First of all, there’s the fact that the university gave me so little notice. This is not entirely their fault; my understanding is that the position opened up during the spring, and they scrambled to fill it as fast as they could for the fall. Still, this has made everything that much more difficult.

More importantly, there is the matter of moving across borders.

In order to get visas to live in the UK, my fiance and I had to complete an application documenting basically our whole lives (I had to track down three parking tickets and a speeding ticket from as far back as 2011), maintain bank balances of a sufficient amount for at least 30 days (evidently poor people need not apply), and pay exorbitant fees (over $5000 in all for the two of us, which, gratefully, the university is supposed to reimburse me for). We had to upload not only our passports, but also financial documents as well as housing records to prove our relationship (in lieu of a marriage license, since we had to delay the wedding to this year due to the pandemic). But this was not enough; we had to pay even more fees to get expedited processing, and then travel to a US government office in the LA area to get our fingerprints done, and then mail our passports to another office in New York for further processing. We started this process the first week of August; we still haven’t heard back on our final approval.

Then there is the matter of moving our cat, Tootsie. UK regulations for importing a cat require an ISO-compliant microchip and certain vaccinations; this is perfectly reasonable. But they also require that you bring the cat with you when you move (within at most 5 days of your arrival), or else the cat will be legally considered livestock and subject to a tariff of over $1000.

This would be inconvenient enough, but then there is the fact that current regulations do not allow cats to be transported into the UK in the cabin of an aircraft. If they are to be flown in, they must be brought in the cargo hold. Since we did not want to subject our cat to several hours alone in a cargo hold on a transatlantic flight, we will instead be flying to Amsterdam, because the Netherlands has more lenient regulations. But then of course we still need to get her to Edinburgh; our current plan involves taking a ferry from Amsterdam to Newcastle and then a train from there to Edinburgh. In all the whole process will take at least a day longer (and cost a few hundred dollars more) than it would have without the utterly pointless rule forbidding cats from flying into the UK in the cabin.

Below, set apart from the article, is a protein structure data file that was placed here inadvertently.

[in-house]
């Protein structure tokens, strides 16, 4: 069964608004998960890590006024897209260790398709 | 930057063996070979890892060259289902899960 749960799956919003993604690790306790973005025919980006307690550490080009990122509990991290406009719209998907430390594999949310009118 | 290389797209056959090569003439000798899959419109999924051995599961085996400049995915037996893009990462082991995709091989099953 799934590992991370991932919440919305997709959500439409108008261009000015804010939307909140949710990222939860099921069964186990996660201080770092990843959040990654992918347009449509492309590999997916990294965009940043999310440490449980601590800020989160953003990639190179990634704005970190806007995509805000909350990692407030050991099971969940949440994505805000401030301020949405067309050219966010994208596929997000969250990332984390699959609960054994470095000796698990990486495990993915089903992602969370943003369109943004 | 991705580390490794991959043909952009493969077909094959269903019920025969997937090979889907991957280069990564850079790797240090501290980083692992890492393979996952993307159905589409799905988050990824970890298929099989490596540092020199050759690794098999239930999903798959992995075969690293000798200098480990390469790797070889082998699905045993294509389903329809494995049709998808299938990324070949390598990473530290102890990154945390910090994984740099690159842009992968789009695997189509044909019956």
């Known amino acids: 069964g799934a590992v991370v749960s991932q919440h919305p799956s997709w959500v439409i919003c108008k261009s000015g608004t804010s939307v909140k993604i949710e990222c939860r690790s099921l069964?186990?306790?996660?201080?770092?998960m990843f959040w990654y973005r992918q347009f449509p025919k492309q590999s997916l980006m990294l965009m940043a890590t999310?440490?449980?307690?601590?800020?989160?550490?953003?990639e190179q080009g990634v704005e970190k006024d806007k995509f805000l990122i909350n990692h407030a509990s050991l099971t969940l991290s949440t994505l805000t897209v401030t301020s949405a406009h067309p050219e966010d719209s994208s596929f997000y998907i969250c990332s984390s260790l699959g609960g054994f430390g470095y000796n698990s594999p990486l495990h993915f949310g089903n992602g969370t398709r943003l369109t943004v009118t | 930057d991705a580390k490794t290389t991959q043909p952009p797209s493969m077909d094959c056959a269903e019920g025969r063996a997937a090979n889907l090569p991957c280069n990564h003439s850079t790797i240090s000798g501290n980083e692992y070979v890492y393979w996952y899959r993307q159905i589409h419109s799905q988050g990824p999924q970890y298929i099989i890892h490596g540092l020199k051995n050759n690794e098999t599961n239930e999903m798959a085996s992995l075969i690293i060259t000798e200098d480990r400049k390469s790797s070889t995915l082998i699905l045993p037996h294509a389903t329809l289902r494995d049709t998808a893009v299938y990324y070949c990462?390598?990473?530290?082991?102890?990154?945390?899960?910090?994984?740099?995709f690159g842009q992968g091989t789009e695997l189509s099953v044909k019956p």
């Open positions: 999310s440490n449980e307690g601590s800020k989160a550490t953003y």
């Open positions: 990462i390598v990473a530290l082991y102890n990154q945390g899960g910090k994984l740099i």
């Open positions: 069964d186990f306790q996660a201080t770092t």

All of this for, and I really cannot emphasize this enough, a routine move between two NATO allied First World countries.

The alliance between the US and the UK is one of the most tightly-knit in the world, and dates back generations. Our trade networks are thoroughly interconnected, and we even share most of our media and culture back and forth. There’s honestly no particular reason we couldn’t simply be the same country. (Indeed the one thing we did fight with them about in the last 250 years was over precisely that.)

There is probably less difference culturally and economically between New York and London than there is between New York and rural Texas or between London and rural Scotland. Yet a move within each country requires basically none of this extra hassle and paperwork—you basically just physically move yourself, register your car, maybe a few other minor things. You certainly don’t need to get a passport, apply for a visa, or pay exorbitant fees.

What purpose does all of this extra regulation serve? Are we safer, or richer, or healthier, because we make it so difficult to move across borders?

I can understand the need to hve some sort of security at border crossings: We want to make sure people aren’t smuggling contraband or planning acts of terrorism. (There is, by the way, a series of questions on the UK visa application asking things like this:”Have you ever committed terrorism?” “Have you ever been implicated in genocide?” One wonders if anyone has ever answered “yes”.) It even makes sense to have some kind of registration process and background check for people who plan to move permanently. But what we actually do goes far, far beyond these sensible requirements; the goal seems to be to ensure that only the finest upstanding citizens may be allowed to move to a country, while anyone who is born on the opposite side of that line need not meet any standard whatsoever in order to remain.

In my view, the most sensible standard would be this: You should only exclude someone from entering your country for actions that you’d be willing to imprison them for if they were already there. Clearly, smuggling and terrorism qualify. Indeed, any felony would do. But would you lock someone in prison for not having enough money in their bank account? Or for failing to disclose a parking ticket from ten years ago? Or for filling out paperwork incorrectly? Yet visas are denied for this sort of reason all the time.